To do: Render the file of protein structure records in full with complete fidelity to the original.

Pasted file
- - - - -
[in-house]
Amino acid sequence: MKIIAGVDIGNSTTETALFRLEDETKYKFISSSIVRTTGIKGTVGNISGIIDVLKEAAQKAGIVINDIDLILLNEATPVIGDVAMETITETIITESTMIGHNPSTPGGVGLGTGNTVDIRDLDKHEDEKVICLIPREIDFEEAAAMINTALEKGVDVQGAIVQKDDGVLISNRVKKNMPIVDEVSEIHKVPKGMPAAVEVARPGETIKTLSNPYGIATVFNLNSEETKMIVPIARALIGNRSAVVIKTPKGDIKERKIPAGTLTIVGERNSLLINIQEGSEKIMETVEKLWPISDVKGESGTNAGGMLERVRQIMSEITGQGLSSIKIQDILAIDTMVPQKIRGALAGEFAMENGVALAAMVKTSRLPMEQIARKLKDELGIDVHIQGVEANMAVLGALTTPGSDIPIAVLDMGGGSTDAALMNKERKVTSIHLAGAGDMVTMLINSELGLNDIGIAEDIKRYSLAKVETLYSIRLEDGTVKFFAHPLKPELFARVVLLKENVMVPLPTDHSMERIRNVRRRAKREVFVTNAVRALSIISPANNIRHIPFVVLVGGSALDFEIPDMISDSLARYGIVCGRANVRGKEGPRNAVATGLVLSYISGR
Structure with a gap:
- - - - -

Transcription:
[in-house]
Amino acid sequence: MKIIAGVDIGNSTTETALFRLEDETKYKFISSSIVRTTGIKGTVGNISGIIDVLKEAAQKAGIVINDIDLILLNEATPVIGDVAMETITETIITESTMIGHNPSTPGGVGLGTGNTVDIRDLDKHEDEKVICLIPREIDFEEAAAMINTALEKGVDVQGAIVQKDDGVLISNRVKKNMPIVDEVSEIHKVPKGMPAAVEVARPGETIKTLSNPYGIATVFNLNSEETKMIVPIARALIGNRSAVVIKTPKGDIKERKIPAGTLTIVGERNSLLINIQEGSEKIMETVEKLWPISDVKGESGTNAGGMLERVRQIMSEITGQGLSSIKIQDILAIDTMVPQKIRGALAGEFAMENGVALAAMVKTSRLPMEQIARKLKDELGIDVHIQGVEANMAVLGALTTPGSDIPIAVLDMGGGSTDAALMNKERKVTSIHLAGAGDMVTMLINSELGLNDIGIAEDIKRYSLAKVETLYSIRLEDGTVKFFAHPLKPELFARVVLLKENVMVPLPTDHSMERIRNVRRRAKREVFVTNAVRALSIISPANNIRHIPFVVLVGGSALDFEIPDMISDSLARYGIVCGRANVRGKEGPRNAVATGLVLSYISGR
Structure with a gap: